The Tungus v. Skovgaard/Concurrence Frankfurter
Mr. Justice FRANKFURTER, concurring in the opinion of the Court.*
Deeming the proper determination of the substantive issues of admiralty law of such controlling importance, I abstain from stating my strong conviction, heretofore expressed, that in situations like the present, the construction of state law should not, as a matter of the wise administration of law, be made independently by the lower federal courts, but its authoritative construction should be sought, under readily available state procedure, from the state court, while the case is held in the federal court. See my opinions in Sutton v. Leib, 342 U.S. 402, 412-414 (concurring opinion), and Propper v. Clark, 337 U.S. 472, 493-497 (dissenting opinion), in connection with Railroad Comm'n v. Pullman Co., 312 U.S. 496, 500; Thompson v. Magnolia Petroleum Co., 309 U.S. 478, 484.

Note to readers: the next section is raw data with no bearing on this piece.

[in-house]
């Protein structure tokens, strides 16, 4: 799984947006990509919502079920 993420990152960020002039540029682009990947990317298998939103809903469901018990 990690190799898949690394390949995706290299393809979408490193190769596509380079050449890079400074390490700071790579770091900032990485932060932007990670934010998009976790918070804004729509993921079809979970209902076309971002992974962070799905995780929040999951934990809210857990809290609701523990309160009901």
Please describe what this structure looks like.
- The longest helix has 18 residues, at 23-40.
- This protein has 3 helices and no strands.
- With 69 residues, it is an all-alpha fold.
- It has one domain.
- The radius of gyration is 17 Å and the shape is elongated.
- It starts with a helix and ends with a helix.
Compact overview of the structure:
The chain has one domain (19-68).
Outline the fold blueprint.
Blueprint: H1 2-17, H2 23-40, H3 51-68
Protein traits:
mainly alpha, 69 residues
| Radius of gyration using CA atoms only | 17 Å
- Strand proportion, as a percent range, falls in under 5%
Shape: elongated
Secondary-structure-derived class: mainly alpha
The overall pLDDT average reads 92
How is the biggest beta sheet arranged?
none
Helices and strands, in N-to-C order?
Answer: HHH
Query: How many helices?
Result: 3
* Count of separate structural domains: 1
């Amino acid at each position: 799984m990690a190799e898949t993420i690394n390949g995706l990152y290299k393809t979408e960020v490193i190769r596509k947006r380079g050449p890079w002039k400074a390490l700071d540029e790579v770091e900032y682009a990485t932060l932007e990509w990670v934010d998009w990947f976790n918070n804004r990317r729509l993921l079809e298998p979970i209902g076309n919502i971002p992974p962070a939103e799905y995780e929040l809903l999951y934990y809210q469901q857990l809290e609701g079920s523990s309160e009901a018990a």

Where an issue is solely concerned with diversity jurisdiction, as was the situation in Meredith v. Winter Haven, 320 U.S. 228, a different consideration may become relevant. "For purposes of diversity jurisdiction a federal court is, 'in effect, only another court of the State.'" Angel v. Bullington, 330 U.S. 183, 187.
Mr. Justice BRENNAN, with whom The Chief Justice, Mr. Justice BLACK, and Mr. Justice DOUGLAS join, concurring in part and dissenting in part.